Saturday, May 17, 2014

Interview - Owen K. C. Stephens

Owen K. C. Stephens
It's been an exciting week at the Encounter Table and I'm proud to showcase our newest industry interview today. May has a lot of new developments in store for this site and I can't wait to get them all out to you. Next weekend will be the first installment of the Golarion Spotlight feature, showcasing a fully detailed gazetteer of a site on Golarion with color maps, NPC stat-blocks, and more. So keep an eye out, and don't forget to like the Encounter Table on Facebook.

This week the Encounter Table is thrilled to be joined for an interview by the new lead developer of Paizo's Pathfinder Module line, Owen K. C. Stephens! Owen talks with us about getting into the RPG industry, offers up advice to prospective freelance writers, talks about the future of Super Genius Games, and teases a Starstone Cathedral megadungeon.

Read on to find out more!

Robert Brookes: First off, Owen, let me congratulate you on joining the Paizo family as lead developer of the Pathfinder Modules team. You're a natural fit for the role, and I'm excited to see where your journey takes the modules line in the future. That said, I'm sure there's a lot of readers out there who are wondering who you are and what you're going to bring to the table. Why don't you take a moment to introduce yourself and tell us a bit about what you've done before coming to work for Paizo?

Owen K.C. Stephens: Let me take a moment to say thanks for the congratulations! I’m very excited to have become part of the Paizo staff.

As for what I have done before this, it’s mostly more RPG design and development. I have been a freelance game designer most of my adult life, from my first publication in Dragon Magazine #251. I worked on-staff at Wizards of the Coast briefly from 2000 to 2001, which included the launches of both D&D 3rd edition and the d20 Star Wars RPG. I got laid off, moved back to my hometown of Norman, OK, and freelanced my way through the d20 Boom, and subsequent bust. I wrote a lot for Green Ronin, Wizards of the Coast, White Wolf (though the Swords & Sorcery imprint) and, a bit later, Paizo.

I also ended up becoming the lead designer for Super Genius Games starting in late 2009. I wrote or oversaw the creation of a PDF product a week, every week, for four years with SGG. In 2013 I left SGG and started my own small publishing company, Rogue Genius Games. I also became the Pathfinder Developer for Green Ronin in 2013, beginning with shepherding Freeport: The City of Adventure for Pathfinder and the new Advanced Bestiary.

While I've been a lot more quiet on those fronts since being offered the Paizo job, I plan to remain active with both Green Ronin and RGG.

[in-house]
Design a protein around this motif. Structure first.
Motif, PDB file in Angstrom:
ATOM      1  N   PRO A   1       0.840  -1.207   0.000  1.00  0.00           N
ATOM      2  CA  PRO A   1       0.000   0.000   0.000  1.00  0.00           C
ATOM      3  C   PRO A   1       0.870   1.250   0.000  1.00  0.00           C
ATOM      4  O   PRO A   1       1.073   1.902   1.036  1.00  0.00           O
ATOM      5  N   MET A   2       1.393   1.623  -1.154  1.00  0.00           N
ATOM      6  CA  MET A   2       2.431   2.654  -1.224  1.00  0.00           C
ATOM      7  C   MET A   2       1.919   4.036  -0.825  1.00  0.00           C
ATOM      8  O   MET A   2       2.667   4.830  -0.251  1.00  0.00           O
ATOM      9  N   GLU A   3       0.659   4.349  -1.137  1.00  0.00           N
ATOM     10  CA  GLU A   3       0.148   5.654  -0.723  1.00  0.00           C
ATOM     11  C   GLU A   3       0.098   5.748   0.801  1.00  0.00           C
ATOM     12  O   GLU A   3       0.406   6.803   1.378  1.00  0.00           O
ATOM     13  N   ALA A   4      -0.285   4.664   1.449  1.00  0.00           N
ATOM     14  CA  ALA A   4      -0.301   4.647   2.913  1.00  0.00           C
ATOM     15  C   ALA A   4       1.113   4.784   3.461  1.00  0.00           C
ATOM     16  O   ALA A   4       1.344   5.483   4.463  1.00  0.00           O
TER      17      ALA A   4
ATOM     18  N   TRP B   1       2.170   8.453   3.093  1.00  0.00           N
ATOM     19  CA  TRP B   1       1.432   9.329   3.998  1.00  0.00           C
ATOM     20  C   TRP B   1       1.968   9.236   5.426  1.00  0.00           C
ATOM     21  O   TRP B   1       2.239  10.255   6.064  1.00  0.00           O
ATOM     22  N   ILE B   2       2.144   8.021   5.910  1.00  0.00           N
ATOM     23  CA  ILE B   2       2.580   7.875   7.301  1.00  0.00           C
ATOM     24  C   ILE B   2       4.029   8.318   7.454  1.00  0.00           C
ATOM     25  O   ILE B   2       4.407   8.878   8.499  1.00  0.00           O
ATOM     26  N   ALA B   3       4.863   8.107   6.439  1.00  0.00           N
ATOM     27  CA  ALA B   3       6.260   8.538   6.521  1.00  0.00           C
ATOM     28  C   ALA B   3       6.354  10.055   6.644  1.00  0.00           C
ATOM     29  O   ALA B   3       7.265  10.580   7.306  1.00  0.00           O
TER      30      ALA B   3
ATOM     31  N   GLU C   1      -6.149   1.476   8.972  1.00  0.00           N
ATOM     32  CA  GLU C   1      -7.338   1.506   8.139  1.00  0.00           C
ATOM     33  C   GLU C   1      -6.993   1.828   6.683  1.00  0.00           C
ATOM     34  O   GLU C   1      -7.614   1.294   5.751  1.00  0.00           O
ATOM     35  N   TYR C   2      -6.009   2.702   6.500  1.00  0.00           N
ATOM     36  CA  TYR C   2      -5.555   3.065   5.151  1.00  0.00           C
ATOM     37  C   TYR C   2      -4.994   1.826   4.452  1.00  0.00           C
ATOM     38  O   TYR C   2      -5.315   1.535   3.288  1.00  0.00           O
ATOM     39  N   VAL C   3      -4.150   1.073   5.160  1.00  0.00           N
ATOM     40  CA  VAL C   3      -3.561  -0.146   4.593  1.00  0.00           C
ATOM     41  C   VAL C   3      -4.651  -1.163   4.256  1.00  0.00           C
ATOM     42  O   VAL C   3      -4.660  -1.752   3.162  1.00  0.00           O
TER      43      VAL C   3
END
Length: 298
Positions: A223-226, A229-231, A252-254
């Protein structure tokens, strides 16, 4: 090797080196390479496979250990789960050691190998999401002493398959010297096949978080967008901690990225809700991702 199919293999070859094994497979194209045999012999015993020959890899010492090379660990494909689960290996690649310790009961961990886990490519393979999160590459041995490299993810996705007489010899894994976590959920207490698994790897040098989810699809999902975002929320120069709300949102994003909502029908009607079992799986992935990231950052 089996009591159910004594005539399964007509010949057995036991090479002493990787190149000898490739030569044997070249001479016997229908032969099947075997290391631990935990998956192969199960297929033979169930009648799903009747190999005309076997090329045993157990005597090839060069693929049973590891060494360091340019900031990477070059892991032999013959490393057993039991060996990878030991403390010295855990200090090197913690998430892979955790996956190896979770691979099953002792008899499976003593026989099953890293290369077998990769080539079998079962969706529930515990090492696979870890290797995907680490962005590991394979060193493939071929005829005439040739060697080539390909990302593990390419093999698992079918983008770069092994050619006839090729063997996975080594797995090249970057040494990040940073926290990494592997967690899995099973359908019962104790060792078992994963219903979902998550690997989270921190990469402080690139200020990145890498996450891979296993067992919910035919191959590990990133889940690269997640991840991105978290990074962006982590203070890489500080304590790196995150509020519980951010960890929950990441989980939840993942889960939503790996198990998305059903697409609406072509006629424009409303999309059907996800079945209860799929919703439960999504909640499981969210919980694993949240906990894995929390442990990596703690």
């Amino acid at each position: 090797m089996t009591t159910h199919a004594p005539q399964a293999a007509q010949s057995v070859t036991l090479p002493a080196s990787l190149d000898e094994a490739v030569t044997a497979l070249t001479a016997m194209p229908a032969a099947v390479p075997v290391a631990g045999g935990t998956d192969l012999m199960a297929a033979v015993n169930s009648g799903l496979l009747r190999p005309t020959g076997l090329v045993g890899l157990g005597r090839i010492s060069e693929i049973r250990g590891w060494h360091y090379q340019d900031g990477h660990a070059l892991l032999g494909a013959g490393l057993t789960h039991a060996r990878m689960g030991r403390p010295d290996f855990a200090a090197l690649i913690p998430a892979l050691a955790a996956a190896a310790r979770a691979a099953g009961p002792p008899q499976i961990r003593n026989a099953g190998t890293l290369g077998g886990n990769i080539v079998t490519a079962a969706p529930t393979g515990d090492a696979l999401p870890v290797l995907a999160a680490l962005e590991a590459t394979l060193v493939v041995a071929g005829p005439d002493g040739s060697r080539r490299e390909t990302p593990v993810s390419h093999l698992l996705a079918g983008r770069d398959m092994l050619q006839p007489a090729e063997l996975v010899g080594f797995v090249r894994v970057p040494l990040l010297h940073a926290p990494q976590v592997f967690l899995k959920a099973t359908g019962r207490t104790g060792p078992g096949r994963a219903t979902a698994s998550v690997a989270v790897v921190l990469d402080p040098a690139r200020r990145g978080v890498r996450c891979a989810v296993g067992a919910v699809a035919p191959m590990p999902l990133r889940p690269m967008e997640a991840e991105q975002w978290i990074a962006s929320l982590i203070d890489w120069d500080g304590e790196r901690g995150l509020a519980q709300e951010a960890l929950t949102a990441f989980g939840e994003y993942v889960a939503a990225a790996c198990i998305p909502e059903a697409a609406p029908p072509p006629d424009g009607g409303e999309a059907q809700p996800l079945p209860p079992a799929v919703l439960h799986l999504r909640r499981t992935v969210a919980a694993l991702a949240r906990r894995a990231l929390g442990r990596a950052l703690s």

RB: Getting that article published in Dragon Magazine in 1998 was the beginning of your career. Looking back on that experience, 16 years later, how do you feel?

OKCS: A little shocked. I’d had a few projects before that which never got published (and was even paid for a few), but getting into Dragon was clearly my first sign that I had the talent and skills to make a run at RPG design. Originally, I just wanted to make enough money to pay for my D&D book and miniatures habit. So it’s a bit surprising to realize I've made a living as a game designer and developer for a decade-and-a-half.

RB: Back in November of 2013 you and two other members of Super Genius Games—Stephen (Stan!) Brown and Christine Stiles—split off to form Rogue Genius Games. In November the Examiner ran an article discussing the split and quoted you as saying the arrangement with Super Genius Games had "ceased being a good fit" and that discussing the split was "tricky." Now that some time has passed and perspective has been put on the division, can you tell us a little bit more about the split and the considerations leading up to it?

OKCS: One of the reasons such discussions are tricky is that it’s not appropriate to discuss decisions made in private as a company, and the departure of Stan! And myself as owners from SGG (Christina was a trusted developer, but not an owner) was a mutually-agreed upon business decision.

Part of the issue was that I wanted to do more different things, and starting my own company was looking like the best way to do that. But obviously there were also disagreements between how I wanted to proceed with SGG and how Hyrum Savage wanted to, and we couldn't find a happy compromise. SGG existed before I came along, and was built in large part on Hyrum’s previous game company, OtherWorld Creations (OWC). So it made the most sense for SGG to buy out me and Stan!, and go back to being Hyrum’s show.